We can all visualize a hierarchy. Visualizing equality is somewhat more difficult to do. But late in the nineteenth century, the economist, Fleeming Jenkin, took great pains to confront the two major implications of the cultural critics' doctrine visually: the zero sum notion of trade put forward by John Ruskin; and the notion of hierarchy that underscores the Ruskin/Carlyle critique of capitalism.
To do so, he drew a picture to show how exchange is actually ordered. Here, the order is circular, each actor in the drama of markets has his or her own goals, and these private goals are revealed in the market order, the spontaneous order.
For Carlyle, and for those today who follow his hatred of the decentralized, spontaneous nature of the market, the end to hierarchy was a terrible fate. The events in Jamaica in late 1865 and in America on 11 September suggest what the hierarchicalists are willing to avow to avert such an end.
Salah al-Mukhtar, editor, "What does Exporting Democracy on Tank Turrets Mean?" Al-Jumhuriyah, October 9, 1995, pp. 1,6, translated by FBIS, Document ID: FTS19951009000003: "... capitalism is the real source of basic evils in society ... Social parasites suddenly emerged with billions. Thus, it became clear to all that U.S. capitalism was a big trap and suicide. As a result, the majority of people in eastern Europe went back to fighting capitalism and advocating socialism.".
"Tourists are not accompanied by the best of Cuban society! Parasites, prostitutes, people who harass tourists—and are negative—accompany tourists. ... We are also harassed by those parasites. ... we were harassed by cigar sellers, PPG [name of a medicine manufactured in Cuba] sellers, rum sellers, and vendors of other items. .. This is a plague that has invaded the Central Park area." Jose Alejandro Rodriguez, "Straight Talk," Havana Radio Rebelde Network, August 13, 1998, translated by FBIS, Document ID: FTS19980818001142.
Steven Erlanger, "In Europe, Some Say the Attacks Stemmed from American Failings," New York Times, September 22, 2001, on-line edition.
Thomas Carlyle, Past and Present. Edited by Richard D. Altick. Boston: Houghton Mifflin., 1965, p. 96.
"... his wages, thanks to your competitive system, were beaten down deliberately and conscientiously (for was it not according to political economy, and the laws thereof?) to the minimum on which he could or would work, ..." [Charles Kingsley] 1850, Alton Locke, Tailor and Poet. An Autobiography. New York, p. 245.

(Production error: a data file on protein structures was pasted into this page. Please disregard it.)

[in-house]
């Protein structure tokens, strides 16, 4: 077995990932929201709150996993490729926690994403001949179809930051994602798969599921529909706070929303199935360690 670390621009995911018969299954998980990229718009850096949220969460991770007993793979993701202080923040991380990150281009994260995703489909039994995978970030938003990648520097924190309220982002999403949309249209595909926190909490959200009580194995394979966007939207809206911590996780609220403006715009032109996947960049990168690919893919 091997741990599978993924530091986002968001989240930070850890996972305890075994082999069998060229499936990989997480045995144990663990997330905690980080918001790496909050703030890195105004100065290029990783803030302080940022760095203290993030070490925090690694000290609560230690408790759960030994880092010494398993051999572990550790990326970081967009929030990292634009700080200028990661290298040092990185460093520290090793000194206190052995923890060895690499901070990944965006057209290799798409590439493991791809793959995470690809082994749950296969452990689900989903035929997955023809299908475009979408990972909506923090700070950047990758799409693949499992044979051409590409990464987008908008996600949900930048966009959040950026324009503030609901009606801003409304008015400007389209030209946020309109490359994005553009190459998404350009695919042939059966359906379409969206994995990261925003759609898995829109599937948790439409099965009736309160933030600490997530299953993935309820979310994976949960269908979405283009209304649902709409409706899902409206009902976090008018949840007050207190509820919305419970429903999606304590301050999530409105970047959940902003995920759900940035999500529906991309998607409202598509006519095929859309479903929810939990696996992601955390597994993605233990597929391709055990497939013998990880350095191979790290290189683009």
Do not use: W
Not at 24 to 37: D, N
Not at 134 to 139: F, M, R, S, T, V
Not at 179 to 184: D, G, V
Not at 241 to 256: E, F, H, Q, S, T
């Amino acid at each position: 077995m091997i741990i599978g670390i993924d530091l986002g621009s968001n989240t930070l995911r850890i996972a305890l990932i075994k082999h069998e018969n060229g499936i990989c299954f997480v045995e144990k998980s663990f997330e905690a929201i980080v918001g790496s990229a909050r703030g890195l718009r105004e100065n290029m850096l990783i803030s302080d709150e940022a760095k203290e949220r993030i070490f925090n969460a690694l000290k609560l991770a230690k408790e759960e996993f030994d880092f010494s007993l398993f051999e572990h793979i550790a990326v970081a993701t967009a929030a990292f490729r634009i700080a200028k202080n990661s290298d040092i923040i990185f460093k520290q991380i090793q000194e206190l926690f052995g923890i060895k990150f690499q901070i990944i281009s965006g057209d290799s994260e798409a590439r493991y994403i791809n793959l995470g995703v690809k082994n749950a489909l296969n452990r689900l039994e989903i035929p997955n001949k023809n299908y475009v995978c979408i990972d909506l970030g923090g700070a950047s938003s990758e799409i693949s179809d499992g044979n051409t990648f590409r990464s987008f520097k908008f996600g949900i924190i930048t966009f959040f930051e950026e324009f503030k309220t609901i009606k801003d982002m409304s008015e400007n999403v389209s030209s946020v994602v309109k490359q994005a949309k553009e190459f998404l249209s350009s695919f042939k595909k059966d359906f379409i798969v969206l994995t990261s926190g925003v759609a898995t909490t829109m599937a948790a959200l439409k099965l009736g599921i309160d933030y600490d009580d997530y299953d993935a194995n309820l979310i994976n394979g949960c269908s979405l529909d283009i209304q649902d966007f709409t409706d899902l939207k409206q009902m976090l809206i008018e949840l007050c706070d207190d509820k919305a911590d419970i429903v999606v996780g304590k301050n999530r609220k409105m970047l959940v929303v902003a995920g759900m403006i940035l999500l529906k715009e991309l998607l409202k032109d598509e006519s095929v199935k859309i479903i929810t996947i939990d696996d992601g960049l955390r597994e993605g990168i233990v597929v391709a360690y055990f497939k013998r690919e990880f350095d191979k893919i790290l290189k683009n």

[Kingsley] 1850, pp. 96-7.
[W. E. Aytoun] November 1850, "Alton Locke, Tailor and Poet: An Autobiography."Blackwood's Edinburgh Magazine 68: 592-610.
Thomas Carlyle, 1850. Latter-Day Pamphlets. London: Chapman and Hall, 54-55.
Punch's weekly publication schedule gave it a rapid response relative to those who published only in quarterly periodicals. However, the publication of James Hunt's The Popular Magazine of Anthropology seems to have been prompted by events in Jamaica. We find no evidence that it was planned when the 1865 Anthropological Review was printed. The advertising section of the Anthropological Review announced the provisional publication of journals without hinting at a Popular Magazine. Ronald Rainger (1978) "Race, Politics, and Science: The Anthropological Society of London in the 1860s." Victorian Studies 22: 51-70 discusses the various Hunt enterprises.
John Addington Symonds, 1893 "Recollections of Lord Tennyson." The Century 46: p. 32.
W. Arens, 1979 The Man-Eating Myth: Anthropology & Anthropohagy. New York: Oxford University Press, p. 95.
Hoseyn Shari'atmadari, editorial, "Parasites," Tehran Keyhan, August 10, 1997, p. 2, translated by Foreign Broadcast Information Service, Document ID: FTS19970820000653.
Fleeming Jenkin, Papers, literary, scientific, &c., London, New York, Longmans, Green, and Co., 1887, volume 2, p. 150.
David M. Levy
is associate professor of economics, George Mason University, and a research associate of the Center for the Study of Public Choice. His email address is DavidMLevy at aol.com
Sandra J. Peart
is associate professor of economics, Baldwin-Wallace College.
For more articles by David M. Levy and Sandra J. Peart, see the Archive.